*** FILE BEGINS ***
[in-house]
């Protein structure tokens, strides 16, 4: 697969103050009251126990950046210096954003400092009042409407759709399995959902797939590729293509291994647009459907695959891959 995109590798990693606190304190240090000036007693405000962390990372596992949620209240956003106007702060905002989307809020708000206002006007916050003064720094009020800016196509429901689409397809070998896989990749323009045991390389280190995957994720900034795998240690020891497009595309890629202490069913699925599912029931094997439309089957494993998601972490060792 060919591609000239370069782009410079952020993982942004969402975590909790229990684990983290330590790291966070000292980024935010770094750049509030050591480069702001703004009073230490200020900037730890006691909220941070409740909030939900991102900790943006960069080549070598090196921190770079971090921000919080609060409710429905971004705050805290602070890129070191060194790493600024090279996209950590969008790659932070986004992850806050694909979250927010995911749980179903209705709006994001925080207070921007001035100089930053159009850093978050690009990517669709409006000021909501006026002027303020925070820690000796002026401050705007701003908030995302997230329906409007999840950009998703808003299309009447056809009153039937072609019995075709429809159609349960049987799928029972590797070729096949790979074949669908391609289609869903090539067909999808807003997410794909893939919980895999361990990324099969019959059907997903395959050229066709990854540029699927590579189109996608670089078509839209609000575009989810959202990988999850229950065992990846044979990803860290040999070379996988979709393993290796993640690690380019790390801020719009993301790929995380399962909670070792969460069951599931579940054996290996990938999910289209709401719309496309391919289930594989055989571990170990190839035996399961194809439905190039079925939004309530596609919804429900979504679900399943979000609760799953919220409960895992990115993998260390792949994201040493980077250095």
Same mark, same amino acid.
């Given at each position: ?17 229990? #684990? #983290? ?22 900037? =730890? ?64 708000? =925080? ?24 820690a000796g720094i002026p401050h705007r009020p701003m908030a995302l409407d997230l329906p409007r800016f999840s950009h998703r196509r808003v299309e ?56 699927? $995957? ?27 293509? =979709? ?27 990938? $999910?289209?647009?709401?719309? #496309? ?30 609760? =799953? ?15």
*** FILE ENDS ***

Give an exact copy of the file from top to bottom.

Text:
[in-house]
């Protein structure tokens, strides 16, 4: 697969103050009251126990950046210096954003400092009042409407759709399995959902797939590729293509291994647009459907695959891959 995109590798990693606190304190240090000036007693405000962390990372596992949620209240956003106007702060905002989307809020708000206002006007916050003064720094009020800016196509429901689409397809070998896989990749323009045991390389280190995957994720900034795998240690020891497009595309890629202490069913699925599912029931094997439309089957494993998601972490060792 060919591609000239370069782009410079952020993982942004969402975590909790229990684990983290330590790291966070000292980024935010770094750049509030050591480069702001703004009073230490200020900037730890006691909220941070409740909030939900991102900790943006960069080549070598090196921190770079971090921000919080609060409710429905971004705050805290602070890129070191060194790493600024090279996209950590969008790659932070986004992850806050694909979250927010995911749980179903209705709006994001925080207070921007001035100089930053159009850093978050690009990517669709409006000021909501006026002027303020925070820690000796002026401050705007701003908030995302997230329906409007999840950009998703808003299309009447056809009153039937072609019995075709429809159609349960049987799928029972590797070729096949790979074949669908391609289609869903090539067909999808807003997410794909893939919980895999361990990324099969019959059907997903395959050229066709990854540029699927590579189109996608670089078509839209609000575009989810959202990988999850229950065992990846044979990803860290040999070379996988979709393993290796993640690690380019790390801020719009993301790929995380399962909670070792969460069951599931579940054996290996990938999910289209709401719309496309391919289930594989055989571990170990190839035996399961194809439905190039079925939004309530596609919804429900979504679900399943979000609760799953919220409960895992990115993998260390792949994201040493980077250095």
Same mark, same amino acid.
């Given at each position: ?17 229990? #684990? #983290? ?22 900037? =730890? ?64 708000? =925080? ?24 820690a000796g720094i002026p401050h705007r009020p701003m908030a995302l409407d997230l329906p409007r800016f999840s950009h998703r196509r808003v299309e ?56 699927? $995957? ?27 293509? =979709? ?27 990938? $999910?289209?647009?709401?719309? #496309? ?30 609760? =799953? ?15």